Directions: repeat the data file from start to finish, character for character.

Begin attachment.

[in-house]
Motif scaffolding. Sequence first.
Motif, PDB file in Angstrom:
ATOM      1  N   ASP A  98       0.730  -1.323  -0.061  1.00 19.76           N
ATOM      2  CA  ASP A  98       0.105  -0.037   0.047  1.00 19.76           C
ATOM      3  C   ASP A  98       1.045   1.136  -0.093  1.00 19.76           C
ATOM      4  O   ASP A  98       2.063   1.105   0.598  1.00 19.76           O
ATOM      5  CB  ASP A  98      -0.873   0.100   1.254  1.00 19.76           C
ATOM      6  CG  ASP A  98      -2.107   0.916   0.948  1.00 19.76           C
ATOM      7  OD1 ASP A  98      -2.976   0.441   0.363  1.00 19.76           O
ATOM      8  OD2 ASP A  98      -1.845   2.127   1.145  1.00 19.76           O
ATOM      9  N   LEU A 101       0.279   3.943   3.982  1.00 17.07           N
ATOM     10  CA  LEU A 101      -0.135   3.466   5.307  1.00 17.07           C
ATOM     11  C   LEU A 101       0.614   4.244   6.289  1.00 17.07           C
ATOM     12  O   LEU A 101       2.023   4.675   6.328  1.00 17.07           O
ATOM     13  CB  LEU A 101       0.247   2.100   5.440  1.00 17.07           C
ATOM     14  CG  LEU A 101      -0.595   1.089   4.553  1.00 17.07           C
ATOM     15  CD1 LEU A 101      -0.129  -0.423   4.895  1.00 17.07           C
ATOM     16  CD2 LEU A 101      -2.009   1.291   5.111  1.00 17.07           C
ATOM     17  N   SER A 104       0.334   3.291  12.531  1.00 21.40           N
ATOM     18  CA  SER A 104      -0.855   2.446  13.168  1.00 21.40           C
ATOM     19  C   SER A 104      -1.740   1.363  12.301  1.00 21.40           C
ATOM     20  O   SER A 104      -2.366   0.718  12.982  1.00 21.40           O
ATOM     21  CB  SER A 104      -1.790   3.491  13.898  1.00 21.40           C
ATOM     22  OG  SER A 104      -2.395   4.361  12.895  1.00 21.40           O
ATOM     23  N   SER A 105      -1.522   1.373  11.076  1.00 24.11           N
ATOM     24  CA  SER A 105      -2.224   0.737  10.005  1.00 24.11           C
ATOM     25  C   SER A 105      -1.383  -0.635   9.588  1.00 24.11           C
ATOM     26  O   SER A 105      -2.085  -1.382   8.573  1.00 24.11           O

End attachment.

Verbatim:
[in-house]
Motif scaffolding. Sequence first.
Motif, PDB file in Angstrom:
ATOM      1  N   ASP A  98       0.730  -1.323  -0.061  1.00 19.76           N
ATOM      2  CA  ASP A  98       0.105  -0.037   0.047  1.00 19.76           C
ATOM      3  C   ASP A  98       1.045   1.136  -0.093  1.00 19.76           C
ATOM      4  O   ASP A  98       2.063   1.105   0.598  1.00 19.76           O
ATOM      5  CB  ASP A  98      -0.873   0.100   1.254  1.00 19.76           C
ATOM      6  CG  ASP A  98      -2.107   0.916   0.948  1.00 19.76           C
ATOM      7  OD1 ASP A  98      -2.976   0.441   0.363  1.00 19.76           O
ATOM      8  OD2 ASP A  98      -1.845   2.127   1.145  1.00 19.76           O
ATOM      9  N   LEU A 101       0.279   3.943   3.982  1.00 17.07           N
ATOM     10  CA  LEU A 101      -0.135   3.466   5.307  1.00 17.07           C
ATOM     11  C   LEU A 101       0.614   4.244   6.289  1.00 17.07           C
ATOM     12  O   LEU A 101       2.023   4.675   6.328  1.00 17.07           O
ATOM     13  CB  LEU A 101       0.247   2.100   5.440  1.00 17.07           C
ATOM     14  CG  LEU A 101      -0.595   1.089   4.553  1.00 17.07           C
ATOM     15  CD1 LEU A 101      -0.129  -0.423   4.895  1.00 17.07           C
ATOM     16  CD2 LEU A 101      -2.009   1.291   5.111  1.00 17.07           C
ATOM     17  N   SER A 104       0.334   3.291  12.531  1.00 21.40           N
ATOM     18  CA  SER A 104      -0.855   2.446  13.168  1.00 21.40           C
ATOM     19  C   SER A 104      -1.740   1.363  12.301  1.00 21.40           C
ATOM     20  O   SER A 104      -2.366   0.718  12.982  1.00 21.40           O
ATOM     21  CB  SER A 104      -1.790   3.491  13.898  1.00 21.40           C
ATOM     22  OG  SER A 104      -2.395   4.361  12.895  1.00 21.40           O
ATOM     23  N   SER A 105      -1.522   1.373  11.076  1.00 24.11           N
ATOM     24  CA  SER A 105      -2.224   0.737  10.005  1.00 24.11           C
ATOM     25  C   SER A 105      -1.383  -0.635   9.588  1.00 24.11           C
ATOM     26  O   SER A 105      -2.085  -1.382   8.573  1.00 24.11           O